Still chuckling with delight at the scene that just played out in front of him, Sigmund moved out from his position in the shadowed doorway, the thick London fog and the gloom of night making him not much more than an anonymous shape. Readjusting his courier bag securely on his shoulder, he then checked his watch – a few minutes past nine. He stepped out of the doorway and onto the sidewalk, the lateness of the evening making it so few vehicles, and fewer people, were about. The earthy smell of damp cobblestones mixed with the burning gas of the street lamps hung thick in the air, making breathing almost feel like a chore. A lone steamer car turned onto the street, momentarily illuminating Sigmund, and continued on towards its destination – evidently not the Golden Lion Hotel. The sound of the car faded as it passed onto another street giving way to the hum of a dirigible passing somewhere nearby overhead – probably the late Paris to London line, thought Sigmund. With one last look up and down the grey street, Sigmund verified that no one was about that was paying him any attention and crossed the cobblestones to the front of the hotel.

 

But there was someone Sigmund missed, someone who was paying him very much attention.

 

As Sigmund neared the door he heard from the distance a faint shout, “If I get my hands on you…” he smiled again.

 

Stepping into the lobby of the Golden Lion Hotel, careful that his light overcoat not get caught in the front door, Sigmund surveyed his surroundings. His brown eyes searching first for people, then for anything out of place. Having visited this room previously that day, under pretense of examining the hotel for an unnamed employer, Sigmund could see that nothing had changed – not that he expected it to but in this line of work, details were everything. Moving quickly around the front desk, he tried the handle to the door marked, ‘Employees Only’ – it was locked. Before deciding on using his lock picks, he first looked over the front desk and saw several individual keys. The second one worked.

 

Just before entering the room, a man, hair messed, dressed in slippers and an overcoat – no doubt covering his sleep garments – strode to the front desk and said sharply, “I need to lodge a complaint.”

 

Sigmund, not expecting this situation, did the only thing he could think of and said, “Yes, sir. Of course, sir. What is the nature of your complaint?”

 

“How is one supposed to rest with bells ringing and people shouting in the streets? It is most unacceptable!” The man’s face was turning a shade of red.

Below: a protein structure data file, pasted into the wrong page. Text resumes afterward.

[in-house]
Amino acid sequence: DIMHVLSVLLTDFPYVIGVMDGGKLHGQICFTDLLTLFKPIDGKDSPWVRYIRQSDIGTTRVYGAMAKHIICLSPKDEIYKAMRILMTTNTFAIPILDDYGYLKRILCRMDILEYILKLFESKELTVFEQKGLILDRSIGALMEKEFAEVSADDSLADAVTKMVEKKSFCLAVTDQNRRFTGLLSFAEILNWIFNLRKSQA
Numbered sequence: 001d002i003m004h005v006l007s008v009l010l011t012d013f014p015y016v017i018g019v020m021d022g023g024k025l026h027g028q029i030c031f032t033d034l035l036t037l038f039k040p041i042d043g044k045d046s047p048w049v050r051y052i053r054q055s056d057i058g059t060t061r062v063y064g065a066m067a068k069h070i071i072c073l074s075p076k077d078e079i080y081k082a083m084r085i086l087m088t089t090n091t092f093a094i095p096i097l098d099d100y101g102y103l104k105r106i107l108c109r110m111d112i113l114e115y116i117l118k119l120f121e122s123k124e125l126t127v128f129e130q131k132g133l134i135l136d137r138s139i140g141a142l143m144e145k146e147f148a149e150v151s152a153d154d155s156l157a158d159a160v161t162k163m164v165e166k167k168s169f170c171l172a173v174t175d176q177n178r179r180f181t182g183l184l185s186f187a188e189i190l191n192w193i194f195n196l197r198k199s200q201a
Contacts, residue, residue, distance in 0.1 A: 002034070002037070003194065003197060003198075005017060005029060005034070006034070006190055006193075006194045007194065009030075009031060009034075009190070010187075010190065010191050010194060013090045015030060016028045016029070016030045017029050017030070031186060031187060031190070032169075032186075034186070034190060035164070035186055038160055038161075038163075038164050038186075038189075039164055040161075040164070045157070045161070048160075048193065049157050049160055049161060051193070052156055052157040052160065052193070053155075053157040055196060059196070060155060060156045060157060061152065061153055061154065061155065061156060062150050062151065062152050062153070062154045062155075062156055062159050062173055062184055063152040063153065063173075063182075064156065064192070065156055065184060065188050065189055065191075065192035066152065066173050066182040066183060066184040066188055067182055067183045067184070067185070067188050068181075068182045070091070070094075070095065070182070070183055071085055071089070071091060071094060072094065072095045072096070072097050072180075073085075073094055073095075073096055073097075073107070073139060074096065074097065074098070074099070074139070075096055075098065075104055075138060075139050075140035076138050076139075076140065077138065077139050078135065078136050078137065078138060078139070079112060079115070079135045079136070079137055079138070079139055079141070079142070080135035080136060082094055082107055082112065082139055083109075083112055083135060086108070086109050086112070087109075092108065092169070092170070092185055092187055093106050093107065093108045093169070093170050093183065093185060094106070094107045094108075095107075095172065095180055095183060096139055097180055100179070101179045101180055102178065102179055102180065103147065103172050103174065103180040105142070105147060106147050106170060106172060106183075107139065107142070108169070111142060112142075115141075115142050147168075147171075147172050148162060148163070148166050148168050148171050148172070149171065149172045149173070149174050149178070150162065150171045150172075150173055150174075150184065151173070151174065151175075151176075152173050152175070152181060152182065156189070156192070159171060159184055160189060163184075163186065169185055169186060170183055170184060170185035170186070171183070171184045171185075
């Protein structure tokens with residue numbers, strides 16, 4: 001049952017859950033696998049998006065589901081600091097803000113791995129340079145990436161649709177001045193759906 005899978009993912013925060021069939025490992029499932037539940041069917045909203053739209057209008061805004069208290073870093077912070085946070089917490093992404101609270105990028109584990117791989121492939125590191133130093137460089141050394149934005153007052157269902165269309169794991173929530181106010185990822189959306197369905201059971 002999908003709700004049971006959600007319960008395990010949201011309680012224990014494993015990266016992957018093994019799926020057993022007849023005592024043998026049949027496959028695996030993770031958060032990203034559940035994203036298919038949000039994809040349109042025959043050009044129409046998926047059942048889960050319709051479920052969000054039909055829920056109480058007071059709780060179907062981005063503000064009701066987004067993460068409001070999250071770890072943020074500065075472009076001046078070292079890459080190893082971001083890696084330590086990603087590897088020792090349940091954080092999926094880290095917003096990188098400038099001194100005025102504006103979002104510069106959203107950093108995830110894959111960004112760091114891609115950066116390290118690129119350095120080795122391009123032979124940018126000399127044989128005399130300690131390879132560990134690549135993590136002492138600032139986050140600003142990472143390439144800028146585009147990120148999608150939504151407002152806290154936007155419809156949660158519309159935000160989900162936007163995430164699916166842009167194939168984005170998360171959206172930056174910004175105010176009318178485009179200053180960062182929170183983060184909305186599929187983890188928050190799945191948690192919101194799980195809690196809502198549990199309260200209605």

“I fully understand, sir,” replied Sigmund, barely suppressing a smile. “I have already contacted Scotland Yard and they have promised to look into the matter quickly and fully.”

 

Sigmund immediately feared he may have overplayed his hand a bit as the guest considered this information. But to his great relief the disgruntled hotel guest said, “Right, right. Good man. The Yard shall have the proper resources to deal with this atrocity.”

 

“Yes, sir. Is there anything else I can do for you, sir?”

 

“Please let the maid know that I would like to be undisturbed until after eleven.” And with that, the guest turned and stomped back upstairs.

 

Sigmund, pleased with himself for the bit of acting, opened the ‘Employee Only’ door and closed it behind him – hiding him from view. Any other upset guests will just have to wait for the real desk clerk. The room Sigmund now found himself in was a small office, with only the one door and no windows. Equipped with an electric light, Sigmund activated it and looked over the furnishings, a desk and chair, a small wooden filing cabinet, a painting of the hotel, and nothing else.
Where was the safe?
Sigmund looked closer at the furnishings but a room this small with only a few items made it hard to miss anything. He put his bag down and gave thought to the possibility that that safe was perhaps hidden behind the painting. He lifted it off of its hook but there was nothing there except a solid wall. Maybe ‘safe’ was used loosely, perhaps the manager simply put items in a drawer. Rifling through the desk drawers turned up nothing but various papers. Next, Sigmund moved over to the filing cabinet next to the desk and pulled on the top drawer and was surprised when the whole cabinet, not just the drawer, moved a little. It was as if the drawer was locked but there was no locking mechanism. He tried the bottom drawer and it also did not open – this one too without a locking mechanism, almost as if the drawer was glued shut. Whatever part of the mind that recognized oddities and motivated further research was yelling at Sigmund to investigate further – something was there. He stood up and considered the small cabinet for a moment.
What use is a cabinet that had drawers that didn’t open? Just a show piece? – but why have a show piece hidden away in an office?